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Friends in Low Places

Reginald Fitzwalter and his lovely bride Judith had just celebrated their first anniversary. He was Lord of the Manor in Dunmow, England...and a man of means.

"If I was a common laborer and not Lord of this Manor," Reginald asked Lady Judith, "would you still love me?"

"My dear," she sighed, "if we had only each other and rags upon our backs, I would be blessed forever."

"Blessed forever." The words hung in the air like magic.

In that ethereal moment of the year 1104, those two lovers had an inspiration. They hatched a conspiracy of which only lovers are capable.

They agreed to celebrate their anniversary rededicating themselves to God and to each other...but with a twist.

Disguised as peasants in rags, they visited the abbey of a nearby shire. They explained it was their first anniversary and asked the local pastor for God's blessing on their marriage.

The humble pastor was touched by the love of this "poor couple." Laying his hands upon them, he blessed them with a beautiful prayer. He reached into his own pantry and returned with a flitch of bacon (a side of cured pork) as an anniversary gift.

Then came the BIG REVEAL; Lord Reginald and Lady Judith unveiled their royal identity.

In appreciation to the pastor, they presented a generous gift of land to the local Abbey...with a condition: if any couple arrived at the Abbey on their first anniversary and proved their devotion to God and each other, they would be rewarded with a blessing and a flitch of bacon.

So goes the story. Is it true? In the 14th century, Chaucer thought so. To this day, a reenactment - the Flitch Trial - is held in Greater Dunmow, England.

It's an archetype, isn't it? The Prince and the Pauper. There are legends of King Stefan, dressed in rags, giving gifts to the poor. King Richard, disguised, finding a friend in Robin Hood, the noble outlaw.

All these stories, though, point to an epic and overarching truth: there is a Great Eternal King Who became a Carpenter. "Jesus was rich, but for your sakes" - Scripture says - "He became poor so you might become rich."

James 2 delivers a startling lesson about God's heart for those "in low places."

"My brothers, show no partiality as you hold the faith in our Lord Jesus Christ, the Lord of glory." (James 2:1-13) Read it all.

Show no partiality, says James, since you hold the faith in Jesus, the Lord of Glory.

James' radical statements are 180 degrees out of phase with human thinking. While we are judgmental by nature, Partiality and the Person of Jesus do not mix; they have less in common than a frog and a bicycle.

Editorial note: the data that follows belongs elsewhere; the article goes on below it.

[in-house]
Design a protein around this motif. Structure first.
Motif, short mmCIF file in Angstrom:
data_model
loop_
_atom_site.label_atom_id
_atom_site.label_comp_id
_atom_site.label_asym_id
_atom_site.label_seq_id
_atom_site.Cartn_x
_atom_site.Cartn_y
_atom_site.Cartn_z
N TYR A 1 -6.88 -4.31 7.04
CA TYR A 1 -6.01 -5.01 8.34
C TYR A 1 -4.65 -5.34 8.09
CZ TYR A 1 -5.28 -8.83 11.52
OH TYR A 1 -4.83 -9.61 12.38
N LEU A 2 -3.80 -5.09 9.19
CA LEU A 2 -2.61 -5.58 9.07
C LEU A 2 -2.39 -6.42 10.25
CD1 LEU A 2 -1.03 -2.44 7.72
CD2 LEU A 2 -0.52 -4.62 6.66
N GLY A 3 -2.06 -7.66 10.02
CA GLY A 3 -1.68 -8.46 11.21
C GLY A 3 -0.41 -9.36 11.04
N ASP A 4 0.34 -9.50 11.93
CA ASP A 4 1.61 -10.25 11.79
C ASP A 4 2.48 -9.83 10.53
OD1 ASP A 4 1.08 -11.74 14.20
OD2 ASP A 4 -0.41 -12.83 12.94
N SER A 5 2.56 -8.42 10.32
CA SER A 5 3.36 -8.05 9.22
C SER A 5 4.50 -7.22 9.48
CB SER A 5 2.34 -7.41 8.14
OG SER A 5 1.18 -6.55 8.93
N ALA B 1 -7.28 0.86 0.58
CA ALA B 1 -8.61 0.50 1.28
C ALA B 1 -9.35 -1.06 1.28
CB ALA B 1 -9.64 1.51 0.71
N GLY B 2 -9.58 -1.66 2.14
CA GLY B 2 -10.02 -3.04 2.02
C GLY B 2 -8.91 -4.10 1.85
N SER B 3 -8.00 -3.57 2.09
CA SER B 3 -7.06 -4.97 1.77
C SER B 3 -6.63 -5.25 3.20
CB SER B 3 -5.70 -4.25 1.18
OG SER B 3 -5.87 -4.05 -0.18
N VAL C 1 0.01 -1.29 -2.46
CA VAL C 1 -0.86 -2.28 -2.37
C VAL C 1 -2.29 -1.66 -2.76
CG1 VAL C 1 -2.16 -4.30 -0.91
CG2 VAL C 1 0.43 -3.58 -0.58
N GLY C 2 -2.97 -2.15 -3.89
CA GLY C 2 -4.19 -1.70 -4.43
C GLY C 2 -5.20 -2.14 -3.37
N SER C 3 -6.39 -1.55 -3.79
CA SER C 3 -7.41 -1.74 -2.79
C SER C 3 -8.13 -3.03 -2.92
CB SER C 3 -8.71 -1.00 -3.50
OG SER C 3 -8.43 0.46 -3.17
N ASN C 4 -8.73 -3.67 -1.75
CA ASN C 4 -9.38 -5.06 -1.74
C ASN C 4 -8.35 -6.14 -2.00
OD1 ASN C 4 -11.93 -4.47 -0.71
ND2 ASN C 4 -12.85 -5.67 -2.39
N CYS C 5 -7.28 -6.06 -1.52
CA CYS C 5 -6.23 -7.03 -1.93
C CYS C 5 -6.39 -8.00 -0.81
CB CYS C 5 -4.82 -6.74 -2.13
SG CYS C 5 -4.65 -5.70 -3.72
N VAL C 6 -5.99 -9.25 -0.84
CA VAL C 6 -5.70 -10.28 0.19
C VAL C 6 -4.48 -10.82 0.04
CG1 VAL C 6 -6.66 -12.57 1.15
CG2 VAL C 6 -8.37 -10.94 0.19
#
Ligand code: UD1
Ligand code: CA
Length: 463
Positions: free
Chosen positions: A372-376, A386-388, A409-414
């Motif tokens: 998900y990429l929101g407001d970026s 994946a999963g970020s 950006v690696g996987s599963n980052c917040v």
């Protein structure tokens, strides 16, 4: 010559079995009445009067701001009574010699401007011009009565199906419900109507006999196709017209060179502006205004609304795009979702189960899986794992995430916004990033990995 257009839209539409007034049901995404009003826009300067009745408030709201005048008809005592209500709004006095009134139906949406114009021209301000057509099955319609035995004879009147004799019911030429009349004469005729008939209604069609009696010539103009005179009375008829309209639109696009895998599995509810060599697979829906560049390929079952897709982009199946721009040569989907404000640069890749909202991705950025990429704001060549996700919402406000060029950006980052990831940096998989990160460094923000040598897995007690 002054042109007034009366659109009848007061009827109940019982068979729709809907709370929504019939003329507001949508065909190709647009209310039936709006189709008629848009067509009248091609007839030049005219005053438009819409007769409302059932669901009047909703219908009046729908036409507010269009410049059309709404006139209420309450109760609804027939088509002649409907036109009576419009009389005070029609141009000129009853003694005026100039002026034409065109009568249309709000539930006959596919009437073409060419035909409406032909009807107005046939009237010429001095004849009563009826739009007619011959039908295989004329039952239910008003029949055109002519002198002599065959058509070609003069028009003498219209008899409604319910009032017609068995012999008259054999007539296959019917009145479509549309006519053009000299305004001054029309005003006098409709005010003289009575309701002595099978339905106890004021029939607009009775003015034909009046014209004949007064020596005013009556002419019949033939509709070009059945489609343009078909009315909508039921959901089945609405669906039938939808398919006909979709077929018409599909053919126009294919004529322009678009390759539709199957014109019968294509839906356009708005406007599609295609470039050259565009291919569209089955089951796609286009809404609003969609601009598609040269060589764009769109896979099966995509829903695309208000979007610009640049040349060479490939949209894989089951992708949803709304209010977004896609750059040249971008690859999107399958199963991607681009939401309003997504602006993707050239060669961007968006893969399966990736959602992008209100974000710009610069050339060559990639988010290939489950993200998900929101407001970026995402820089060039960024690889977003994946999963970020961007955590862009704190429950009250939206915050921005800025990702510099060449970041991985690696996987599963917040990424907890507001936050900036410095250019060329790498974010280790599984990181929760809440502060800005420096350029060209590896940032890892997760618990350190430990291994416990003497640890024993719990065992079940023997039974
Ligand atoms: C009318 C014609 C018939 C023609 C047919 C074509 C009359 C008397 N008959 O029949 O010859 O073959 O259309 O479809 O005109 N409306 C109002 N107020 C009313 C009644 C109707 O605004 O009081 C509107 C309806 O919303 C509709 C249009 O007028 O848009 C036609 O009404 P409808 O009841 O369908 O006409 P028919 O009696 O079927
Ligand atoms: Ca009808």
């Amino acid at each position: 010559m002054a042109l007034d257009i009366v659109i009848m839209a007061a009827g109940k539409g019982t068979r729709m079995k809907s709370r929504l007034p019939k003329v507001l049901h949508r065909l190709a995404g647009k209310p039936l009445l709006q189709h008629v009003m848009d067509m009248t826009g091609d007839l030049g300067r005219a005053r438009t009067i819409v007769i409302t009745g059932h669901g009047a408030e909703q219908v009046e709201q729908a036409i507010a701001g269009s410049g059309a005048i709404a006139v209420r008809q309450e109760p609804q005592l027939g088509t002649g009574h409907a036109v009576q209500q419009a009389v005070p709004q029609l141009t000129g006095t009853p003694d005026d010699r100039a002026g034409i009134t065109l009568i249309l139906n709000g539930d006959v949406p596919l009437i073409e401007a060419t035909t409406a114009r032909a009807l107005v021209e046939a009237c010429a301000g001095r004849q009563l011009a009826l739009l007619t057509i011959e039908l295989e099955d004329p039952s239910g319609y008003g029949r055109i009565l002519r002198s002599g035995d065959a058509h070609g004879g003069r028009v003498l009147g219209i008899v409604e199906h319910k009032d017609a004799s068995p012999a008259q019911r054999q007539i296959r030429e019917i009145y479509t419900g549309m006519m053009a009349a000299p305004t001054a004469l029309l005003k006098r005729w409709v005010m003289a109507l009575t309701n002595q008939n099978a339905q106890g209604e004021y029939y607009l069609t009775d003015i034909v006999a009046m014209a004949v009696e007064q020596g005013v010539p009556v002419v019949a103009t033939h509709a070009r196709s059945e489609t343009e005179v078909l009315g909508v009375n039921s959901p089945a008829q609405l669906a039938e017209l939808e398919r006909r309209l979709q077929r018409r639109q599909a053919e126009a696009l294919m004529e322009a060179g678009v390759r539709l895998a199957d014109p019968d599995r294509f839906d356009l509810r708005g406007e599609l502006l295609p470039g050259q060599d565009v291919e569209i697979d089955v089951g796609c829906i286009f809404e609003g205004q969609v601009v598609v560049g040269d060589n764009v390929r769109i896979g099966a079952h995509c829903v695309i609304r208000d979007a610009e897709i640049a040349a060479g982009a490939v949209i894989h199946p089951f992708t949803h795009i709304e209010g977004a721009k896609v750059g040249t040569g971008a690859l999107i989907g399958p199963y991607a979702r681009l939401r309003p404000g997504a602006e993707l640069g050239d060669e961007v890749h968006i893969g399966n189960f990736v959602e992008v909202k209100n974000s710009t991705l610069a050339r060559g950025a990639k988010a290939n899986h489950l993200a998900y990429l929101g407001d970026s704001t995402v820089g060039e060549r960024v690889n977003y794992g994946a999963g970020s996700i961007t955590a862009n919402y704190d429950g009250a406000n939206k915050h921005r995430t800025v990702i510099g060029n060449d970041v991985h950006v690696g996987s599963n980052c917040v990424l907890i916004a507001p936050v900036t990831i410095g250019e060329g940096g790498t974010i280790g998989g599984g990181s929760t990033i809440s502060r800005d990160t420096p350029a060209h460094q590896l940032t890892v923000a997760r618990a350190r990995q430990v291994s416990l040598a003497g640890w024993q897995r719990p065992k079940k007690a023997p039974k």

Remember, it was Jesus Who set aside the privileges of His Deity. He took the form of a servant. He humbled himself, and humanity did not receive Him. The world couldn't comprehend the Light, because they were too busy judging that Light. They displayed their partiality - and they EXCLUDED the very SON OF GOD. Listen to their voices:

"Oh, no prophet comes out of Nazareth."

"He eats with prostitutes and criminals."

"He's a friend of sinners!"

"A glutton and a drunkard!"

"Probably demon possessed."

"We are not illegitimate (like you)."

Yet it was this disguised King, the Son of Man, Son of God, Son of David, upon Whom the Father bestowed the name above all names.

The best minds in Israel? The power brokers of Rome? They "chose poorly." Of all people, Christians should be sickened at the thought of judging a book by its cover.

Jesus could have incarnated Himself into glory and ease. He did the opposite. He went out of his way to choose not only poverty, but disgrace. Jesus' mother was pregnant when Joseph married her; this cost Joseph his credibility in the community. Jesus taught without formal training, and even his own brothers disbelieved him. The religious leaders AND the civil authorities judged Him to be either a liar or a lunatic. Ultimately, they executed Him publicly as a pitiful, naked loser, and hung him on display with criminals.

No, Jesus Christ does not identify Himself with the Rich and Famous. Instead, He militantly takes a place with down-and-outers. "If you've done it to the LEAST OF THESE," He says, "you've done it to ME."

Jesus has friends in low places. You and me.

Are you thankful He reached out to you in your low place?

Oddly, when we reach out to others in their need, we find Jesus already there.

A final thought. There's no shortage of low places. Jesus said, "You will always have the poor with you." On earth, deficiency is everywhere!

Poverty shows up as more than just poor people. There are poor marriages. Poor results. Poor examples. Poor weather and poor bookkeeping. Poor judgment, poor driving and poor behavior. Poor return on investments. Poor values. Poor credit. Poor skills and poor grammar. Poor performance. Poor management. Poor hygiene. Poor planning and poor follow-through!

Poverty surrounds us! Poverty IS US!

I can guarantee, Beloved: - if it hasn't already - poverty will come knocking at your door, at my door. It will walk right down the center aisle of your church.

Who knows what form that poverty might take? It might arrive looking like a divorce, a disease, a frustration, a failure. Maybe, like James says, it will show up as a man in rags. Maybe, like Reginald and Judy, it will arrive looking like a poor couple in love.

But a Poor Something will come along - and it will be looking for your kindness. Don't judge that Poor Something, Saint. Instead, take it to a good seat. Bless it. Give it what you can.

That Poor Something might just be the Lord of the Manor in a clever disguise.

Phil Christensen

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